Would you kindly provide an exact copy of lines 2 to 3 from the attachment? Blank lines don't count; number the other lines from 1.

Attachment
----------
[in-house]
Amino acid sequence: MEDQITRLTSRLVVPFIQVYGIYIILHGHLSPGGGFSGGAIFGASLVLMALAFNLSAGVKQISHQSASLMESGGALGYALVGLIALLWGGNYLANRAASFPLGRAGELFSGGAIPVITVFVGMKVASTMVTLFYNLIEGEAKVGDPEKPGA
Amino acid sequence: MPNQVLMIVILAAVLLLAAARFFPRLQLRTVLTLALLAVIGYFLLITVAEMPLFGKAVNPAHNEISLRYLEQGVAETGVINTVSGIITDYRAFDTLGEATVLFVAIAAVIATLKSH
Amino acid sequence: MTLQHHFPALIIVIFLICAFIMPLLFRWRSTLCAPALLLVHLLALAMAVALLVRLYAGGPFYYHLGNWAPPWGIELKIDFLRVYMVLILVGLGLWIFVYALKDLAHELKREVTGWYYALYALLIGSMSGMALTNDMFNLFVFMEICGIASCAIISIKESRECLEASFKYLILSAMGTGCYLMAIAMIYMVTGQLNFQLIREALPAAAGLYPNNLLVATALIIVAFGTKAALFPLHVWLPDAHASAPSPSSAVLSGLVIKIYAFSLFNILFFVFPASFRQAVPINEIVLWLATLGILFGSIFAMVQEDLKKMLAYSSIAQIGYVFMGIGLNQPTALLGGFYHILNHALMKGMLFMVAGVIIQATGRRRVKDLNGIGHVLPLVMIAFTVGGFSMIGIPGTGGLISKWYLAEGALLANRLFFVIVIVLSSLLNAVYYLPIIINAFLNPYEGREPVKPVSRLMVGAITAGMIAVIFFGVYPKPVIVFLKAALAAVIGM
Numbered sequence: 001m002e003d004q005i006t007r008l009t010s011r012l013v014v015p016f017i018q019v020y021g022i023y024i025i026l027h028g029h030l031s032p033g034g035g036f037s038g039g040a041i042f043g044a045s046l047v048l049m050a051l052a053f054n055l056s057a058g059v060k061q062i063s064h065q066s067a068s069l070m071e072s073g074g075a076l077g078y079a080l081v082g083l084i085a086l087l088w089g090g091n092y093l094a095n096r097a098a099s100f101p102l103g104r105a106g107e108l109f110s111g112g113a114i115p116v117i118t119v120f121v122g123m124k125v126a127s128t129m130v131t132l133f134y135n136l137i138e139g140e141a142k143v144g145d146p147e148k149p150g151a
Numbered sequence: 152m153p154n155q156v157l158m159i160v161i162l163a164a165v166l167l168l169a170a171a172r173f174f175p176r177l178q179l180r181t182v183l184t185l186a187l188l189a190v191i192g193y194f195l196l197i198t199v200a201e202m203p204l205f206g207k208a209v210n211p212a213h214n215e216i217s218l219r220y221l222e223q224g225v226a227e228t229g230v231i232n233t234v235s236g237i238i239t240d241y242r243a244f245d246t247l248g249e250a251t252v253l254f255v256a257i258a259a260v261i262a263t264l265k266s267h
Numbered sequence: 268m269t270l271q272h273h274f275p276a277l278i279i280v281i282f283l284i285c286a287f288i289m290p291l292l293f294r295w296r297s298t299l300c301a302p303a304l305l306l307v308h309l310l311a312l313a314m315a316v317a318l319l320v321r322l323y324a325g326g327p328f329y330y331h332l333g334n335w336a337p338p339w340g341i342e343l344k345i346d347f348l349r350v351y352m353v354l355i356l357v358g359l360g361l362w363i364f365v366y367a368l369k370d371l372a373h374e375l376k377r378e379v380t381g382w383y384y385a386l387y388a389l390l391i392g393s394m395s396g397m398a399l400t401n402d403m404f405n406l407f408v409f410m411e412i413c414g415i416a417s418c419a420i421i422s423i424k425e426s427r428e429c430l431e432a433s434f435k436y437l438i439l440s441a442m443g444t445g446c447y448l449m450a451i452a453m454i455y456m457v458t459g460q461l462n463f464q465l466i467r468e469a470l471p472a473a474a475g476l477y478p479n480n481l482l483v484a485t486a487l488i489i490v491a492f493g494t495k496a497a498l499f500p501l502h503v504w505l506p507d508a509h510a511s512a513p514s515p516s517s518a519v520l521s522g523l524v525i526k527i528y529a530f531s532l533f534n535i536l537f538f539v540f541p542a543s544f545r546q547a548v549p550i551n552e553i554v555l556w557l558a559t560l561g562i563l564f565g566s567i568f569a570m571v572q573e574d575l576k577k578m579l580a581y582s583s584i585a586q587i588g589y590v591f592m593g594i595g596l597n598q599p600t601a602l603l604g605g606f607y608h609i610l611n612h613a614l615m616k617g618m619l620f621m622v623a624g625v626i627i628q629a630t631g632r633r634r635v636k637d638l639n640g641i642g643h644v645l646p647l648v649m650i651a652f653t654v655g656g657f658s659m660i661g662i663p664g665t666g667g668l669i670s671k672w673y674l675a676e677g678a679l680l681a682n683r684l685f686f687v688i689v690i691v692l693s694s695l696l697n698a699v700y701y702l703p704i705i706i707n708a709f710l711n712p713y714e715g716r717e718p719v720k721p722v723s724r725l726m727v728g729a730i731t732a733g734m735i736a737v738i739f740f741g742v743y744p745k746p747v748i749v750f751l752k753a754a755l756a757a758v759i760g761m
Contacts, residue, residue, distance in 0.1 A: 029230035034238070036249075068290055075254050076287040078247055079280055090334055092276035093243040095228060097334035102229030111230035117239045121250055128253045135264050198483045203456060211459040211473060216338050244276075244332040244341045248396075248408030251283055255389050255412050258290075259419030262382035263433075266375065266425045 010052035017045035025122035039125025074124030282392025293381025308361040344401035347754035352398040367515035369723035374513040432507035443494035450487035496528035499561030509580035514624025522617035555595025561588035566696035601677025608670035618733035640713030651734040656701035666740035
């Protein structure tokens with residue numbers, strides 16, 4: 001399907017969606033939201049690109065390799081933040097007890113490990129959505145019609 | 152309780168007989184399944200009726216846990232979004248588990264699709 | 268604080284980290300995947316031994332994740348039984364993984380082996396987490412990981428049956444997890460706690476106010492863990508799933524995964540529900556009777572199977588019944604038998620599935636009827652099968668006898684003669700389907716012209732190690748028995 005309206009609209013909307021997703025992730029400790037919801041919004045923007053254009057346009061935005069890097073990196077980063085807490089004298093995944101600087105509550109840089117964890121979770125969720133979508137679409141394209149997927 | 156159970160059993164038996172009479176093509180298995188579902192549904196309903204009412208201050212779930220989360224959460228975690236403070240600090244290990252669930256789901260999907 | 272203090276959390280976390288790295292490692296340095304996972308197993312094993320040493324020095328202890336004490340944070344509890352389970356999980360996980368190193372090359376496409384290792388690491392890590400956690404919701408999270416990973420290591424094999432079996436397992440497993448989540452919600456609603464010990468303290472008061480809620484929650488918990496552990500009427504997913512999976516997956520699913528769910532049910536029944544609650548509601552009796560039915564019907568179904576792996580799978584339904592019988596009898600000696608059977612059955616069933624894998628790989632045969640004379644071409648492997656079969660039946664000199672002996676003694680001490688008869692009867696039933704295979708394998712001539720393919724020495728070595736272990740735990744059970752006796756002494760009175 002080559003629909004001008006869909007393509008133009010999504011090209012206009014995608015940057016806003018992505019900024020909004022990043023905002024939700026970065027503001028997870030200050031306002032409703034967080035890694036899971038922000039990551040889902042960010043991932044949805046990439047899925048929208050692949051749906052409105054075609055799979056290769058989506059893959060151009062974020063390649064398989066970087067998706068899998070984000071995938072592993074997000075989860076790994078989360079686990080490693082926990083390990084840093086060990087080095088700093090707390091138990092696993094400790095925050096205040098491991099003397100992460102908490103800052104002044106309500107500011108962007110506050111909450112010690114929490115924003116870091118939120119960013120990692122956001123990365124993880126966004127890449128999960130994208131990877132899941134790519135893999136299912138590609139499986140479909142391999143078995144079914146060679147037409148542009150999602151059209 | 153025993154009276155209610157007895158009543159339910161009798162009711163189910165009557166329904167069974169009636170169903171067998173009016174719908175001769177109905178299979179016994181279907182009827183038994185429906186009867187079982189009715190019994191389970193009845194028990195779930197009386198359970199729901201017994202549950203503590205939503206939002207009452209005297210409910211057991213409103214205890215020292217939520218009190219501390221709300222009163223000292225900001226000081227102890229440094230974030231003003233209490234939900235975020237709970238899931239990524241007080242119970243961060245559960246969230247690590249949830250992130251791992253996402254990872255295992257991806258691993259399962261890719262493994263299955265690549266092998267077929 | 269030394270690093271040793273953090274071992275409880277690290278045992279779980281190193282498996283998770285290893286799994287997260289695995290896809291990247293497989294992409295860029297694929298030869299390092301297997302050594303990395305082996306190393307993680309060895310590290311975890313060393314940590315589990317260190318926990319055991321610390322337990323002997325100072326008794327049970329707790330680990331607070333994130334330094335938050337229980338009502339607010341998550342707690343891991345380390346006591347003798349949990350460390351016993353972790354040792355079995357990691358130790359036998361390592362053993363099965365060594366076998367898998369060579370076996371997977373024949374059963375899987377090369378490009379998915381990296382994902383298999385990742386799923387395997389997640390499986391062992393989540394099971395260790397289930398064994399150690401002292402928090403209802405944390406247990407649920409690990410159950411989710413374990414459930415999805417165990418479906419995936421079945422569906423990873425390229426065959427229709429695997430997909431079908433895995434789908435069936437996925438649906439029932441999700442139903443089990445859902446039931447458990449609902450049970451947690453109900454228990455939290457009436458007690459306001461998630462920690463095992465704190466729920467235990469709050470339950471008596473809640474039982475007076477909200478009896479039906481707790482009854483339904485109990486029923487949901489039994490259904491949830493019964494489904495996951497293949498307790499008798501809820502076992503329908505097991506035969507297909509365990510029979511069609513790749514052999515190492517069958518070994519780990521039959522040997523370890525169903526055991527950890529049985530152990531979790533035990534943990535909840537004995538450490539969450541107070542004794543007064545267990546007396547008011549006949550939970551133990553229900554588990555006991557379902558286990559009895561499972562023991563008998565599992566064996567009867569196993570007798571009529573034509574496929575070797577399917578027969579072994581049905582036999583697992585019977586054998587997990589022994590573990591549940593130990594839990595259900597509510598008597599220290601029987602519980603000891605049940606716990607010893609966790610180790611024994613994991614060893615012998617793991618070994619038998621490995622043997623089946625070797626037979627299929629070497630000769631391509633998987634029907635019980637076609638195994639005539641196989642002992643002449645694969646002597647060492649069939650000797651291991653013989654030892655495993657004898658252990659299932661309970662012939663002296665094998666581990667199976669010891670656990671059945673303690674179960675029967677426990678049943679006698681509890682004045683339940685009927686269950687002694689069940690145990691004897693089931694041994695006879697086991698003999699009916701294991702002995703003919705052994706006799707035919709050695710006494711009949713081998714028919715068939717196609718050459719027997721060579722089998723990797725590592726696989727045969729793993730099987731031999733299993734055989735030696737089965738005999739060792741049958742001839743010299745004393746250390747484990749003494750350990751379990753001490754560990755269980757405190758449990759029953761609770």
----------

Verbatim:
Amino acid sequence: MEDQITRLTSRLVVPFIQVYGIYIILHGHLSPGGGFSGGAIFGASLVLMALAFNLSAGVKQISHQSASLMESGGALGYALVGLIALLWGGNYLANRAASFPLGRAGELFSGGAIPVITVFVGMKVASTMVTLFYNLIEGEAKVGDPEKPGA
Amino acid sequence: MPNQVLMIVILAAVLLLAAARFFPRLQLRTVLTLALLAVIGYFLLITVAEMPLFGKAVNPAHNEISLRYLEQGVAETGVINTVSGIITDYRAFDTLGEATVLFVAIAAVIATLKSH